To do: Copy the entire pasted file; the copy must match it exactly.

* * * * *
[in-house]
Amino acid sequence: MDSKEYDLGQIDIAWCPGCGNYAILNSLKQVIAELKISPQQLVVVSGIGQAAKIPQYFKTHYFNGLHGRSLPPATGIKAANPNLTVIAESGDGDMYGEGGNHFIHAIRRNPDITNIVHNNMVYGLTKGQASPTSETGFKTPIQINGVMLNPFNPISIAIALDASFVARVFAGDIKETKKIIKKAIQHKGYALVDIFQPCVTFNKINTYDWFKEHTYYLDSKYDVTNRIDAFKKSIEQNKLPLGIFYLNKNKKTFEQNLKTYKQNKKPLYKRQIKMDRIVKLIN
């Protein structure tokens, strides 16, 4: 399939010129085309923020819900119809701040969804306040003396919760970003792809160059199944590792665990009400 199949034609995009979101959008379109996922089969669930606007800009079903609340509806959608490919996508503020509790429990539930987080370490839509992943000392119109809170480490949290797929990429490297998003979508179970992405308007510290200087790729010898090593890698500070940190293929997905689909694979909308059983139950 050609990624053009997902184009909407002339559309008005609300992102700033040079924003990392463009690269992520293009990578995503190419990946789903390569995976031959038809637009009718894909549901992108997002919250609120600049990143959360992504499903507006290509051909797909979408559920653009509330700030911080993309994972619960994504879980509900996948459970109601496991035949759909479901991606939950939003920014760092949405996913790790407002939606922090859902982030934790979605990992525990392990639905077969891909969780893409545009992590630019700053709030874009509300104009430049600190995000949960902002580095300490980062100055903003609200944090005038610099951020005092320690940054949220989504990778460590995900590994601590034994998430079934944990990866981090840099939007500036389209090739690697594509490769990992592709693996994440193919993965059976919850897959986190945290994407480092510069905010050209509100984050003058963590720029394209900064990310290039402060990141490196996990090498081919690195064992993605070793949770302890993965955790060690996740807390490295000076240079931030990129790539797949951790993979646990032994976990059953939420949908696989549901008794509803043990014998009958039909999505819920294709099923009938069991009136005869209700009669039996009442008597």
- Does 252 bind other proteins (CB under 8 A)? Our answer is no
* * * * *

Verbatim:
[in-house]
Amino acid sequence: MDSKEYDLGQIDIAWCPGCGNYAILNSLKQVIAELKISPQQLVVVSGIGQAAKIPQYFKTHYFNGLHGRSLPPATGIKAANPNLTVIAESGDGDMYGEGGNHFIHAIRRNPDITNIVHNNMVYGLTKGQASPTSETGFKTPIQINGVMLNPFNPISIAIALDASFVARVFAGDIKETKKIIKKAIQHKGYALVDIFQPCVTFNKINTYDWFKEHTYYLDSKYDVTNRIDAFKKSIEQNKLPLGIFYLNKNKKTFEQNLKTYKQNKKPLYKRQIKMDRIVKLIN
């Protein structure tokens, strides 16, 4: 399939010129085309923020819900119809701040969804306040003396919760970003792809160059199944590792665990009400 199949034609995009979101959008379109996922089969669930606007800009079903609340509806959608490919996508503020509790429990539930987080370490839509992943000392119109809170480490949290797929990429490297998003979508179970992405308007510290200087790729010898090593890698500070940190293929997905689909694979909308059983139950 050609990624053009997902184009909407002339559309008005609300992102700033040079924003990392463009690269992520293009990578995503190419990946789903390569995976031959038809637009009718894909549901992108997002919250609120600049990143959360992504499903507006290509051909797909979408559920653009509330700030911080993309994972619960994504879980509900996948459970109601496991035949759909479901991606939950939003920014760092949405996913790790407002939606922090859902982030934790979605990992525990392990639905077969891909969780893409545009992590630019700053709030874009509300104009430049600190995000949960902002580095300490980062100055903003609200944090005038610099951020005092320690940054949220989504990778460590995900590994601590034994998430079934944990990866981090840099939007500036389209090739690697594509490769990992592709693996994440193919993965059976919850897959986190945290994407480092510069905010050209509100984050003058963590720029394209900064990310290039402060990141490196996990090498081919690195064992993605070793949770302890993965955790060690996740807390490295000076240079931030990129790539797949951790993979646990032994976990059953939420949908696989549901008794509803043990014998009958039909999505819920294709099923009938069991009136005869209700009669039996009442008597």
- Does 252 bind other proteins (CB under 8 A)? Our answer is no